“Tell me about the ‘wave’?” Alexandra asked, excitedly. “I get the idea of the now, though I think that’s something we all take for granted; but the wave sounds like something to be discovered, something fundamental to existence . . .”
I sipped my coffee and looked back into those excited, bright eyes, and considered how to fill her with the sense of joy that the idea of the wave always generated in me.
I began slowly, almost hesitantly, “The wave is the substance of the now; just like the soul has been called by some the substance of consciousness.” I watched as she absorbed this challenging concept. Both these ideas were seldom comprehensible to the beginner, and yet, in what the Buddhists called ‘Beginners Mind’, lay the simplicity of comprehension that could make great leaps through not being bogged down by the weight of accumulated thinking. To the Buddhists beginners mind was not something belonging solely to the beginner, but a state to be sought by all of us.
She sat back and drank some of her coffee. Her brilliant mind was working hard at this. Eventually, she said, “So this wave, which is the now, radiates from the centre – in this case the centre of the enneagram, giving us this moment in time, presumably, in which we can choose to live . . .?”
“We have no choice but to live on the wave, there is nothing else. The choice is whether we give it the attention it deserves and stop worrying about the phantom constructs of the process of thought.” It was as direct as I could make it. I could see her reeling slightly from the mental force behind it.
She was gentle in her reply, sensing that these concepts were at the heart of what she found fascinating about our whole direction of investigation. “I can see that in our circle of the enneagram the wave originates from the centre and radiates outwards . . .” She paused, then, “But how does this relate to the character types we have been discussing on the outer rim, the Nine on the perimeter of the circle?”
It was an excellent question. Now, I had to reach into the now, my wave, and see what lay there, what could be taken at its most potent and used, with gratitude, to put more light onto the subject. Suddenly, it was in front of me – a perfect analogy for Alexandra’s vast and educated mind.
“The whole of the inside of the enneagram’s circle is a sea,” I said, leaning forward. “Around the outside are nine islands. Parts of this sea are calm and parts of it – the outer regions – are stormy. Life sweeps us from the centre, on our own wave, to the extremities; and the journey makes us fearful and changes us.”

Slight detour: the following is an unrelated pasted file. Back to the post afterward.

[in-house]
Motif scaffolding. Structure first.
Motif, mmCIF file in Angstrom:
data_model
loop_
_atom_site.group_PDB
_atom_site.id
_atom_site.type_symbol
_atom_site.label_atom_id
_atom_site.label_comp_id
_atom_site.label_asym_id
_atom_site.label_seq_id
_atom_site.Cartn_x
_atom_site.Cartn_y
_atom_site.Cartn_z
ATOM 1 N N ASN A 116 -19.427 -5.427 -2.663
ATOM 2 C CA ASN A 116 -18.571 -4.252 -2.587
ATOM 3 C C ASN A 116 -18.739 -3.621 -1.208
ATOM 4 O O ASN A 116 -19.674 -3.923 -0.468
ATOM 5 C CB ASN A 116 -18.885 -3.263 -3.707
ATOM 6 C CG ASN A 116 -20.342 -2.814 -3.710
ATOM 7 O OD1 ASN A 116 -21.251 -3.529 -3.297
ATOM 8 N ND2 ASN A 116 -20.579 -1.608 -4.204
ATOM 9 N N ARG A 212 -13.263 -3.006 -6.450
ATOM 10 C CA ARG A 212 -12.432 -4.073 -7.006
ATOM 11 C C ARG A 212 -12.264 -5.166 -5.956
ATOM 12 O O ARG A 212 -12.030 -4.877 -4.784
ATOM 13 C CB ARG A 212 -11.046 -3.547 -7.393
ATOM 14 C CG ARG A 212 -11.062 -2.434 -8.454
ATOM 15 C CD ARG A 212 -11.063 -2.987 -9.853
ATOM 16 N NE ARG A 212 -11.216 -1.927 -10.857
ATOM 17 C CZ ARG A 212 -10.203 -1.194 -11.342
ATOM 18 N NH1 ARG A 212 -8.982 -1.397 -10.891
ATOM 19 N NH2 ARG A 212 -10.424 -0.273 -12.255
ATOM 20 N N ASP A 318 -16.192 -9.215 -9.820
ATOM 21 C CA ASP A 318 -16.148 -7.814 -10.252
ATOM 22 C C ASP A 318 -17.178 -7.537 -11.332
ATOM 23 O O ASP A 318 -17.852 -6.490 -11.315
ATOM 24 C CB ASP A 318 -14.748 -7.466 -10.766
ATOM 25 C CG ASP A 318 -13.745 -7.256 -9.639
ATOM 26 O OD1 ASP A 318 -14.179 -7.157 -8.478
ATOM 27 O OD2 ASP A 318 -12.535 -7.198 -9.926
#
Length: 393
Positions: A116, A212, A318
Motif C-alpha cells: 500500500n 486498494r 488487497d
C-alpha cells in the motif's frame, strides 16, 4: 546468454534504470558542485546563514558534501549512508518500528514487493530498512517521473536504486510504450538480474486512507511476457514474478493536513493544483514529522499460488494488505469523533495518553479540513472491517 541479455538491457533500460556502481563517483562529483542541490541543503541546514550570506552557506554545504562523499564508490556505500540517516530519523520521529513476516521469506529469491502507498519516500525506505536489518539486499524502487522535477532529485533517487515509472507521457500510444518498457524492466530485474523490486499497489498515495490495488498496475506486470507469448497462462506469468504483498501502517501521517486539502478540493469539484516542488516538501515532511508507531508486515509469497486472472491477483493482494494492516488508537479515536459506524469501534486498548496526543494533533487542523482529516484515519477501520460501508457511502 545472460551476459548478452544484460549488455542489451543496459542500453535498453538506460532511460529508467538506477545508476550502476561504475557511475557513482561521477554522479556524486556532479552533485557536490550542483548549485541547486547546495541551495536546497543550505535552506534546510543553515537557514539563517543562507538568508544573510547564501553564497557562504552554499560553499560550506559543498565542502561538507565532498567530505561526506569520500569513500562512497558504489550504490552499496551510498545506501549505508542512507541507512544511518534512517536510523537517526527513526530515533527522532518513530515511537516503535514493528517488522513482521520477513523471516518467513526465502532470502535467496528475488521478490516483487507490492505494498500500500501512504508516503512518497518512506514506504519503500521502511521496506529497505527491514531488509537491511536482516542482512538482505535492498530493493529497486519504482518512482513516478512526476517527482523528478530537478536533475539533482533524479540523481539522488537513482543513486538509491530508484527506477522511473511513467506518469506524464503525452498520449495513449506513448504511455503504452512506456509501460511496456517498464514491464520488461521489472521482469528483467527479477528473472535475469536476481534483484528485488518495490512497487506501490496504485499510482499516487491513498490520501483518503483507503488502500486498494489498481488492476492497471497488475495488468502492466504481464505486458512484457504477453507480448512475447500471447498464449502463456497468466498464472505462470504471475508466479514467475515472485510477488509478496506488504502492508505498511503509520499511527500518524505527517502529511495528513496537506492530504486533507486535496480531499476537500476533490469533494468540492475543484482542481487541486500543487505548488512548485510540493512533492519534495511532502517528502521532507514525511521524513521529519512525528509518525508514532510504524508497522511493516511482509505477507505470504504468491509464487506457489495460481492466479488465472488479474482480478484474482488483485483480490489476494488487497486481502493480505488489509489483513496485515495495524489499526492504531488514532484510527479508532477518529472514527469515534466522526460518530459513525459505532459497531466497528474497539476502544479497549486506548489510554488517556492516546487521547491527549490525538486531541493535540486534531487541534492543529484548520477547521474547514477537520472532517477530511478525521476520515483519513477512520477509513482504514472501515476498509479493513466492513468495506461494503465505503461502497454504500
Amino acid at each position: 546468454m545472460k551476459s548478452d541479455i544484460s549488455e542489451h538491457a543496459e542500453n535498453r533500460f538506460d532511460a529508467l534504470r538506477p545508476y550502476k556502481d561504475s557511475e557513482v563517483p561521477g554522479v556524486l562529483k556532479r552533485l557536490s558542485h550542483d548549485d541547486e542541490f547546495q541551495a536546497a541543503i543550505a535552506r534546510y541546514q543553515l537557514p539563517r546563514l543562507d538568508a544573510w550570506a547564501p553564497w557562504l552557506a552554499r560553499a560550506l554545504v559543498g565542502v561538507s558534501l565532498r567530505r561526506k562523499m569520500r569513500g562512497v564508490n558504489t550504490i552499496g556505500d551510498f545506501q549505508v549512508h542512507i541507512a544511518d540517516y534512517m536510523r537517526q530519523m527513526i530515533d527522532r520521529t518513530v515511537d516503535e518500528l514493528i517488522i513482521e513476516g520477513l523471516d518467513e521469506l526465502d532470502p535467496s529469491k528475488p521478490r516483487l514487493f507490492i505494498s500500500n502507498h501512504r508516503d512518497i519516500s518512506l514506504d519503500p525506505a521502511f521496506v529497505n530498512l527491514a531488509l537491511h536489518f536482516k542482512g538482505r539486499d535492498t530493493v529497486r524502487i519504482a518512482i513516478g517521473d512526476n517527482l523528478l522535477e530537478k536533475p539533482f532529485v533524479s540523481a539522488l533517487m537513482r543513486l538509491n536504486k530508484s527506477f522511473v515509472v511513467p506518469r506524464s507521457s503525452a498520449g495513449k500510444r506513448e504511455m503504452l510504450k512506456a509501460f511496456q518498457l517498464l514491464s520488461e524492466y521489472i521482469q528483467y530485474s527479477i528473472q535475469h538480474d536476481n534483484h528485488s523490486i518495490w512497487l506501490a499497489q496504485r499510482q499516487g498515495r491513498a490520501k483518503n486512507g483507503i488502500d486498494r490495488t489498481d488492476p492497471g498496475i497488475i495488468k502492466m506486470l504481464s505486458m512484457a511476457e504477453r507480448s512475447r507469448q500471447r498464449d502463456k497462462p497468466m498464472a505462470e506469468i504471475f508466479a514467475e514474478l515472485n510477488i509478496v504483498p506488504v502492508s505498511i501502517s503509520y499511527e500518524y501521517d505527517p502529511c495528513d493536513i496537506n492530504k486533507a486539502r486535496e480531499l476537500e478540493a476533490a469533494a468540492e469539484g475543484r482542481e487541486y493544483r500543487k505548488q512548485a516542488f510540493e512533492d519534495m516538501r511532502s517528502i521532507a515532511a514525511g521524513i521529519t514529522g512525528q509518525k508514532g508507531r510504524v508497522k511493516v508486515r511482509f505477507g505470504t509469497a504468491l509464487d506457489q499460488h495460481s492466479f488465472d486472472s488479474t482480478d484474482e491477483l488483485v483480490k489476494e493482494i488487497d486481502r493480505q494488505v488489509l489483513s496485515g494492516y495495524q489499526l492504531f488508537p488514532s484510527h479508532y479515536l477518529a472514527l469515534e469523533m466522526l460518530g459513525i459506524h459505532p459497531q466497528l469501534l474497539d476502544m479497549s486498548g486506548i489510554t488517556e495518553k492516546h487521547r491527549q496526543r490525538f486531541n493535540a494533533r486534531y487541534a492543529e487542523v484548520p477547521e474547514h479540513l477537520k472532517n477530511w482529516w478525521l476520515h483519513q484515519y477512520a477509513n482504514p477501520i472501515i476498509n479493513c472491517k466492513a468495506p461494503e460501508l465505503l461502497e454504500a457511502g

She sipped her coffee, draining the cup, then smiled at me in a very beautiful way. “Full fathom five my father lies . . .” She winked, enjoying the allusion to The Tempest.
She had found the trail which had been in my mind seconds ago. “Perfect!” I beamed back at her. So, now, shipwrecked on a foreign island you meet–?”
She was close to giggling, again, with the excitement of real discovery. “Ummm . . . a wise old man named Prospero, his daughter, Miranda, and a beast of a man called Calaban.”
She was great. The barrister’s mind had retrieved the context, swiftly – doing what minds do best. I added more encouragement, “This is not specific to the enneagram, of course, but here you have a set of human characters which represent what we might call the ‘levels’ or centres of our lives: Prospero, the wise but impotent old man, who we could rightly say might represent the intellect; Miranda, his daughter who could be both heart and soul; and finally Calaban, the very potent but unregenerate ‘savage’ who is the very essence of instinct, appetite and human energy!”
“But these are not the ‘types’ we drew around the enneagram’s circle?” she asked, certain of her ground.
“No,” I responded, nodding my approval. “These are what we might call the vertical elements of each; the Nine are something entirely different – and each of them has the three levels, or centres in which their humanity – in all its vulnerability – is focussed.”
“A whole cast of players . . . ” she said, softly, speaking to the inner stage she had just discovered.
“Yes . . . and all unique to the wave that washed us ashore, that continues to wash us ashore, to the land of exile of our outer facing lives!”
She stood up. I looked at my watch and reached to get my raincoat – it was raining hard outside; not unusual for a Monday in May.
“No! Stay!” Her hand came down softly on my shoulder. “I need another coffee. You need to stay here and tell me more,” she grinned. “In return for yours . . .”
“But your train?” I laughed at her departing back.
“To hell with the train!” she laughed, her heeled feet dancing across the cafe’s wooden floor as she made her way to the counter.
Nine Deadly Sins with Coffee is usually published on Thursdays.
All images and text ©International copyright, The Silent Eye School of Consciousness, 2015.
Contact details and an outline description of the Silent Eye School are on the other pages of this blog and via the website at www.thesilenteye.co.uk